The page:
Connors also submitted to CGLIC a vocational evaluation that had been performed at the request of his attorney. According to the report, Connors was able to sit for sixty minutes, stand for thirty to sixty minutes, lift and carry ten pounds, and “could alternately perform these movements for four to five hours out of an eight-hour workday.” (Occupational Assessment Services, Inc., Vocational Evaluation for Cliff Connors, Mar. 1, 1995, at 10.) The report concluded that Connors was “unable to perform any Sedentary, Light, Medium, Heavy, or Very Heavy Work existing in the local or national economy on a sustained, full-time, regular, competitive basis.” (Id. at 12 (emphasis in original).)
CGLIC retained Dr. Jonathan Z. Charney, who reviewed Connors's medical file and, in a report dated October 28, 1995, expressed his opinion that although Connors was experiencing pain, he was also “able to sit and able to lift and carry small objects” and was “capable of performing sedentary work.” (Report of Jonathan Z. Charney, M.D., of 10/28/93, at 4.) Dr. Charney did not examine Connors in person.
CGLIC also solicited information from Connors's urologist, Dr. Brett C. Mellinger. In his report, Dr. Mellinger noted that his evaluation was limited to Connors's urologic dysfunctions that had developed as secondary conditions to his back injury. According to Dr. Mellinger, “[t]his patient is disabled at the present time[;] however, since I am not addressing his overall health care, I cannot render a medical opinion regarding his ability to return to any occupation.” (Letter from Brett C. Mellinger, M.D., to CIGNA Group Insurance of 6/19/95, at 2.) CGLIC advised Connors on November 28, 1995, that it had received the additional evidence but that it declined to reverse its decision to terminate his benefits.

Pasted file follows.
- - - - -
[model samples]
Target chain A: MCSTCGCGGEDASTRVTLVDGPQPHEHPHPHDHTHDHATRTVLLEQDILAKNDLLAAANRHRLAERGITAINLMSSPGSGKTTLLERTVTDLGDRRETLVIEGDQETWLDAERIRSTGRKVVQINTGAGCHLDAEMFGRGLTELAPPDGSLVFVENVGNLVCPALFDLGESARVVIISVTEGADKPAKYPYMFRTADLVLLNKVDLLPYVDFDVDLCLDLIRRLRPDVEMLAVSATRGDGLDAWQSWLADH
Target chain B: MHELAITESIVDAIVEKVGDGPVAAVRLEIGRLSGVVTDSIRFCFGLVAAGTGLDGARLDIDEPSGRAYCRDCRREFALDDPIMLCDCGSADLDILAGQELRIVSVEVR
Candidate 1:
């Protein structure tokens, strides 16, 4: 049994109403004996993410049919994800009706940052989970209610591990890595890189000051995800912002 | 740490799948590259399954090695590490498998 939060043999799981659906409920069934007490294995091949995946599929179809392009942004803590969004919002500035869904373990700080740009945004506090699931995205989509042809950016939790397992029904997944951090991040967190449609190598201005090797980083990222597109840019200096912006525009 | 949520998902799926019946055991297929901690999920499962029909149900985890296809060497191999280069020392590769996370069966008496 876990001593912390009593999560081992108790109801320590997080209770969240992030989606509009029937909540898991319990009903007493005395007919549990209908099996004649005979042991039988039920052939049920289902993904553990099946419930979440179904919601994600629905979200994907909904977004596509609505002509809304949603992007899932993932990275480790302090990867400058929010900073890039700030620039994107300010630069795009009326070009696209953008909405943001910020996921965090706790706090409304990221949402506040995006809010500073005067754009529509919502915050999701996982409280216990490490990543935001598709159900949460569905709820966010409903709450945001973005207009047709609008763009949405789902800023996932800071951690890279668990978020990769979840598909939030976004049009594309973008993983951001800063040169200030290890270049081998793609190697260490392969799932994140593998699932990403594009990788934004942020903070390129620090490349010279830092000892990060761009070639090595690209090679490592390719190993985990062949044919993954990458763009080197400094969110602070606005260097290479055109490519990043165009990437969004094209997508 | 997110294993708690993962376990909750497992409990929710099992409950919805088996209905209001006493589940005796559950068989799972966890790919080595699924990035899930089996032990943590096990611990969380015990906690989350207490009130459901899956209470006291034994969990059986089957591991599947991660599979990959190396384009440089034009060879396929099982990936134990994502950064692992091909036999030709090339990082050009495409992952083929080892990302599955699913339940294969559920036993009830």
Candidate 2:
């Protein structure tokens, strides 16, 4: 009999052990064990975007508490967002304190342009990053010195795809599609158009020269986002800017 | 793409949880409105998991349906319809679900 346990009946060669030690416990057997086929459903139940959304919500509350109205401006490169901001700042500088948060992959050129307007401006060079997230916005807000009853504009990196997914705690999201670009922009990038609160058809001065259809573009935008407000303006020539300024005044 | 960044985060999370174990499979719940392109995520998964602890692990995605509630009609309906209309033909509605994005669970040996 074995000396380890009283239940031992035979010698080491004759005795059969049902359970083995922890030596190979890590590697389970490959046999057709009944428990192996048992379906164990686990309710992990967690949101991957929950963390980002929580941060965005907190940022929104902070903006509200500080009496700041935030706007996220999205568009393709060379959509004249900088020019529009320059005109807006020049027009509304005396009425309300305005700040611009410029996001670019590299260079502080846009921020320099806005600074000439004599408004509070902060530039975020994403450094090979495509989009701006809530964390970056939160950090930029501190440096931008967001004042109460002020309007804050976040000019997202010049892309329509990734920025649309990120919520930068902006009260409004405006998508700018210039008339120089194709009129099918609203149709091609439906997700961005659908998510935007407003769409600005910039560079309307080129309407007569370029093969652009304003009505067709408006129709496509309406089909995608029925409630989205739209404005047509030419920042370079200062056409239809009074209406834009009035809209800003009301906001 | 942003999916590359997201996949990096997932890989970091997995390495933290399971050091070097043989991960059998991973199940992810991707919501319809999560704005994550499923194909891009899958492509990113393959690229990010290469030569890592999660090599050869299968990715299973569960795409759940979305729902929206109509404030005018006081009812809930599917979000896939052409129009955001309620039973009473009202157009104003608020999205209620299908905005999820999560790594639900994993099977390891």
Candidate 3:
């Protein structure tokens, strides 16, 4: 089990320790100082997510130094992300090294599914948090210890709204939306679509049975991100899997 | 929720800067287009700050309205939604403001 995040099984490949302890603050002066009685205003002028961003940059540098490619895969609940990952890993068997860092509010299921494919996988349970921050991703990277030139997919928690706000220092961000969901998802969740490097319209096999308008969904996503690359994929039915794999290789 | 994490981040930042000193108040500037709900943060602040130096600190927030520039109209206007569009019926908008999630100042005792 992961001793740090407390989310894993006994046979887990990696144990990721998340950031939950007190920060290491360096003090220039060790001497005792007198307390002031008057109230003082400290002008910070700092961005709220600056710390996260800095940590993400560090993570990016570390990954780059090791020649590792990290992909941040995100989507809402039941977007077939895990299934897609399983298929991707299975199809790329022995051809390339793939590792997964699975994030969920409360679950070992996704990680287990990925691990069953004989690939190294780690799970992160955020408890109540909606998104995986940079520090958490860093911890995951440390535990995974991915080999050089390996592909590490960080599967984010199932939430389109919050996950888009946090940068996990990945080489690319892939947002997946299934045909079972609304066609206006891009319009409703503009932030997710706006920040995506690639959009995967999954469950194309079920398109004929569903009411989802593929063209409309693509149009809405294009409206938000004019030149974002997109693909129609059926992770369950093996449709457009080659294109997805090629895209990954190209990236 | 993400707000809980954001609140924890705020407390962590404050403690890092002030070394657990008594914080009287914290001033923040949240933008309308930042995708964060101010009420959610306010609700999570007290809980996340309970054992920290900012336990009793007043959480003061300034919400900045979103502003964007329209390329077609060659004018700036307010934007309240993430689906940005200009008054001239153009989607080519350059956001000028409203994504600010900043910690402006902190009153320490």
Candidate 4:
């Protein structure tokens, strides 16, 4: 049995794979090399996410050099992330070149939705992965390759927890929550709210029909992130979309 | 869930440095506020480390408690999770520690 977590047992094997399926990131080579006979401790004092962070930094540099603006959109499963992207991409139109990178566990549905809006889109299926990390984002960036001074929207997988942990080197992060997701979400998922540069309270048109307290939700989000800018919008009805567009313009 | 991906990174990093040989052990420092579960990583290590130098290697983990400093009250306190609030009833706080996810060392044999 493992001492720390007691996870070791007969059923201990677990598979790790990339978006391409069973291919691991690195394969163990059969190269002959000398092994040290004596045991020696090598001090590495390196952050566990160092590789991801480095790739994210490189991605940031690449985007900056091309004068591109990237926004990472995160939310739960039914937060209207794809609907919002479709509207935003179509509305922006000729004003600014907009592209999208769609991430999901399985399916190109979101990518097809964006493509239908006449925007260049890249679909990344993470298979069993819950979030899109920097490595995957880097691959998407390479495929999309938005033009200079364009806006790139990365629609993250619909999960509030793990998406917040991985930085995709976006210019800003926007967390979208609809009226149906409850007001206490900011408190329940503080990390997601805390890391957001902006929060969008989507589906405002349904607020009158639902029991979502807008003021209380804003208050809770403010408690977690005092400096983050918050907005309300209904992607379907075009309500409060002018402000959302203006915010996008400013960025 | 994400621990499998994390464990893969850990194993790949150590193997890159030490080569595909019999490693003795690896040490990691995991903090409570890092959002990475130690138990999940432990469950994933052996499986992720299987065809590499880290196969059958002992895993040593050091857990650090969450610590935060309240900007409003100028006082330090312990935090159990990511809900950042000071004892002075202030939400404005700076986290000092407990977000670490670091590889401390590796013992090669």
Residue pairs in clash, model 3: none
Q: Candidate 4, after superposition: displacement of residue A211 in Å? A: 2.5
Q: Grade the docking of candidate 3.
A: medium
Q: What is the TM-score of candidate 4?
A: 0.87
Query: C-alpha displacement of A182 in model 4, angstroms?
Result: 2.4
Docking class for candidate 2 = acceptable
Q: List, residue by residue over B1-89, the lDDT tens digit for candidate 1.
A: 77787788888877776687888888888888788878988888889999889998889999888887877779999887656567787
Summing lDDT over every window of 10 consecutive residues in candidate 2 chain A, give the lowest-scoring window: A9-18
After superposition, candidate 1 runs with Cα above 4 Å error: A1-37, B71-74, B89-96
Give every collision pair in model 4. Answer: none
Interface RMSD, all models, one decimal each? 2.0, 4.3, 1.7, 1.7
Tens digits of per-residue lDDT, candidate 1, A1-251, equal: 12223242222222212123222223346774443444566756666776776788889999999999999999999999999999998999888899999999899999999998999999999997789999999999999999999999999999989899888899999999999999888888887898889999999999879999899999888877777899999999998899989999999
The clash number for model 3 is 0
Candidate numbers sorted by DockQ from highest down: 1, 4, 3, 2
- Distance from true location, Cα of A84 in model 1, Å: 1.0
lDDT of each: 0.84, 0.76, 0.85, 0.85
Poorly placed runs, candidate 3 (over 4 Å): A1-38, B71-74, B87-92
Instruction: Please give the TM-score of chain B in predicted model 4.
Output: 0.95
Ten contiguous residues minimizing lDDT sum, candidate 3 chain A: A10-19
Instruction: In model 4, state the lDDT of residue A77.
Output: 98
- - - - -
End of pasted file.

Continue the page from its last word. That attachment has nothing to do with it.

C. Proceedings Before the District Court
On December 2, 1998, Connors filed suit in the Southern District of New York challenging CGLIC's termination of his disability benefits as a breach of the terms of his insurance contract. CGLIC answered and moved to strike Connors's demand for a jury trial on the ground that his state law claims were preempted by the Employee Retirement Income Security Act of 1974 (“ERISA”), which does not provide a right to trial by jury. Tischmann v. ITT/Sheraton Corp., 145 F.3d 561, 568 (2d Cir.1998). At the same time, Connors urged the court to consider evidence beyond the administrative record, if Connors's jury demand were denied.
On December 16, 1999, the court granted the motion to strike Connors's jury demand and declined to allow the submission of evidence beyond the administrative record. Conners I, 1999 WL 1211831. According to the court, CGLIC was not a conflicted administrator, making additional evidence unnecessary. Id. at *3. The court made this ruling, however, “without prejudice to [Connors's] right to argue that the record [was] so deficient that additional evidence should be received.” Id.
On de novo review of the administrative record before CGLIC, the District Court held that “CGLIC did not err when it determined that Connors was not ‘totally disabled’ as defined by the Policy.” Connors II, 2000 WL 1279790, at *1. First, the court reasoned, Connors's disability was “merely his back pain, which is a subjective matter.” Id. Second, the court observed that Dr. Mazurek found Connors able to perform sedentary work, noting that Dr. Mazurek's conclusion was “[p]resumably ․ based upon the doctor's observations of, and conversations with, Connors.” Id. Third, the court found that the evidence submitted by Connors was inadequate, explaining that the reports of Connors's physicians either lacked detailed analysis or failed to state that Connors was totally disabled. Id. In evaluating these reports, the court emphasized that Dr. Reddy's opinion should be given “less weight” because Connors had been referred to Dr. Reddy by his attorney. Id. Moreover, the court added that even if the additional evidence submitted by Connors were admitted, it “does not establish that he is totally disabled.” Id. at *2.